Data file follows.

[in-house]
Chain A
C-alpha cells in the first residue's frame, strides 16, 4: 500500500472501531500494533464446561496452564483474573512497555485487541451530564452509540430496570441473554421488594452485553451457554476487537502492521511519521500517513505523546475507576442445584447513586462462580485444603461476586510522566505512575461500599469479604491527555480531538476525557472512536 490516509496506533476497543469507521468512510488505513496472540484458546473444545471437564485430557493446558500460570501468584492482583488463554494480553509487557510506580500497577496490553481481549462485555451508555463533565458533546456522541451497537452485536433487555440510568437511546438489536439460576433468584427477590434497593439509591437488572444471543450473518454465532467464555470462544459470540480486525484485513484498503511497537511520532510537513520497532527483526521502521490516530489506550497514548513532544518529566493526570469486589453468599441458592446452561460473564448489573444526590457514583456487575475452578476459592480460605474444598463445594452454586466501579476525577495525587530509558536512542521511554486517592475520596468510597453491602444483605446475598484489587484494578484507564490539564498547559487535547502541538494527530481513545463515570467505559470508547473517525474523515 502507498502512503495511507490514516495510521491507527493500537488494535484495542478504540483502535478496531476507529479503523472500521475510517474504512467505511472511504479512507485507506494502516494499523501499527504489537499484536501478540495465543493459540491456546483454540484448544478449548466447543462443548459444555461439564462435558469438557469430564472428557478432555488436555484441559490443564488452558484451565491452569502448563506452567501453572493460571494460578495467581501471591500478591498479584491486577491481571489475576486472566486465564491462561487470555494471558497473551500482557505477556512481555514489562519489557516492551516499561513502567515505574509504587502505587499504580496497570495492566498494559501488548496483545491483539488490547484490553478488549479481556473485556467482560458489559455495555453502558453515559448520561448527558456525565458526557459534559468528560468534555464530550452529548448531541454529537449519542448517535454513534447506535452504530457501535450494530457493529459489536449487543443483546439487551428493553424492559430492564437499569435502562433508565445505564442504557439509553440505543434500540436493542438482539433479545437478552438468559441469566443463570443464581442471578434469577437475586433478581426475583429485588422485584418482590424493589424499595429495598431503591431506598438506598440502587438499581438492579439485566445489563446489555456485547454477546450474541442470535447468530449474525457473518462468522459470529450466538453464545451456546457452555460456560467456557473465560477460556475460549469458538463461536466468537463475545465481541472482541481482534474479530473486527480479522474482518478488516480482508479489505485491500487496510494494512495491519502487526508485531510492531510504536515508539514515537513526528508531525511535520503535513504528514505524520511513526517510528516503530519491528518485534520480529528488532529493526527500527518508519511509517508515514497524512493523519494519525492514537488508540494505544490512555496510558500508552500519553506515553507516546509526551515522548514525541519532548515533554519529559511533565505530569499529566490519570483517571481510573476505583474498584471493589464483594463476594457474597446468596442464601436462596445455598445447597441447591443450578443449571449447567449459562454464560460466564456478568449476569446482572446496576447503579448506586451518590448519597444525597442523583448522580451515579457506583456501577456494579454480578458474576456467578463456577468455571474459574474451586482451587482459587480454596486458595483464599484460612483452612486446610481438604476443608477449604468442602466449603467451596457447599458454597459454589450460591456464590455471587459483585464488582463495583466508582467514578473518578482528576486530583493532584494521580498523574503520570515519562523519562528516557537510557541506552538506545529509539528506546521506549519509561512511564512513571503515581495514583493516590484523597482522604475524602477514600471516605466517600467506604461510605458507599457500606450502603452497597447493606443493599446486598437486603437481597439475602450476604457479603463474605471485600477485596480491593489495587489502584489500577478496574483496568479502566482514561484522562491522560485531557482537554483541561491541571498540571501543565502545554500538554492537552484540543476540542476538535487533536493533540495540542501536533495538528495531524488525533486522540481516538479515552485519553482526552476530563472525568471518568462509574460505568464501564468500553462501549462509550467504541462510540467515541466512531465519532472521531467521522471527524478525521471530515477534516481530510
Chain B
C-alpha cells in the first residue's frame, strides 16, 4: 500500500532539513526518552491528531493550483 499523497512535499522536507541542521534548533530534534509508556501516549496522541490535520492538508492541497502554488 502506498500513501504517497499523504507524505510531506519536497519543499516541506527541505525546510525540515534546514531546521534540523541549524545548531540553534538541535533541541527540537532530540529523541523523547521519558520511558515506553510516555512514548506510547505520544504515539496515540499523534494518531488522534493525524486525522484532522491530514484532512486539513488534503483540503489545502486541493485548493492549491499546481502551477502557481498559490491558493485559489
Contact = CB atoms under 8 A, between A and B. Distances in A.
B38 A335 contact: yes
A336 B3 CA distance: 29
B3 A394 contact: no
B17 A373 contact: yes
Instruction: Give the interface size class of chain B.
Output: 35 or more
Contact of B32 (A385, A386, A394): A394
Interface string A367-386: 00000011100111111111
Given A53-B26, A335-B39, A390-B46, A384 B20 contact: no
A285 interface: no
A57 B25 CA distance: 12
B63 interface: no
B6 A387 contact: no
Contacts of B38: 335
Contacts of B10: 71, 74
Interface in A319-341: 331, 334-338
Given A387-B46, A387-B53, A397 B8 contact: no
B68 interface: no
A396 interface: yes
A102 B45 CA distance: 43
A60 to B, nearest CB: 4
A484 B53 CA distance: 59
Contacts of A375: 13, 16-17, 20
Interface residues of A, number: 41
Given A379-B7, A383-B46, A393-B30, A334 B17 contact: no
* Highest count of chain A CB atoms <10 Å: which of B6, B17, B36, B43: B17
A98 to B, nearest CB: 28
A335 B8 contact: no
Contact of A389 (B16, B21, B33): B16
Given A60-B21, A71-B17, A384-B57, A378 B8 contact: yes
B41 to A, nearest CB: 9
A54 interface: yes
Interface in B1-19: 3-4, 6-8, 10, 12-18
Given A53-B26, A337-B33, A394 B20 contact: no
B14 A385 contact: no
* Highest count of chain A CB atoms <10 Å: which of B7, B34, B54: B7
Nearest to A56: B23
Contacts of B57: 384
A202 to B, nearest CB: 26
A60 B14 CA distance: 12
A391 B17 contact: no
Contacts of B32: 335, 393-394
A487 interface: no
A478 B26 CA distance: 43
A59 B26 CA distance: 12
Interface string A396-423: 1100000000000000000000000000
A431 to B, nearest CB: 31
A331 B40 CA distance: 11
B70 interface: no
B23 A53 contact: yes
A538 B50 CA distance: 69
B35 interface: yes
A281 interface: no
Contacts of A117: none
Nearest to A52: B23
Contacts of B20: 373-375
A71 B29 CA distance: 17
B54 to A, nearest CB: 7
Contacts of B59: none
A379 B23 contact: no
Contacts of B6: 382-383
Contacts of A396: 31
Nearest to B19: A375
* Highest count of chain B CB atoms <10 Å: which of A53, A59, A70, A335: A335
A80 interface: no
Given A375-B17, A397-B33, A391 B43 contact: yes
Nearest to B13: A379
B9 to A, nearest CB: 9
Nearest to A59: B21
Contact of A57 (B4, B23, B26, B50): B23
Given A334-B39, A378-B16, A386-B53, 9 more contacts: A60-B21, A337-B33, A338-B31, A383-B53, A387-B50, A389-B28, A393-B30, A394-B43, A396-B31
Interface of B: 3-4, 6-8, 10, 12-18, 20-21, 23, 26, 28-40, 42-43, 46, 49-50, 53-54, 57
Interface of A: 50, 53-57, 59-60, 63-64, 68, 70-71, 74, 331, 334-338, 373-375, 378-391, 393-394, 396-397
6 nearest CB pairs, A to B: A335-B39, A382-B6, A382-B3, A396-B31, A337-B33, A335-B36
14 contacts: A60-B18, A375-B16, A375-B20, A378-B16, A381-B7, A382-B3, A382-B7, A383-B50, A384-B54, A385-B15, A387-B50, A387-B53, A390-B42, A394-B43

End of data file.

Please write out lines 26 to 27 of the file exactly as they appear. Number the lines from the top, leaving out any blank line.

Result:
A102 B45 CA distance: 43
A60 to B, nearest CB: 4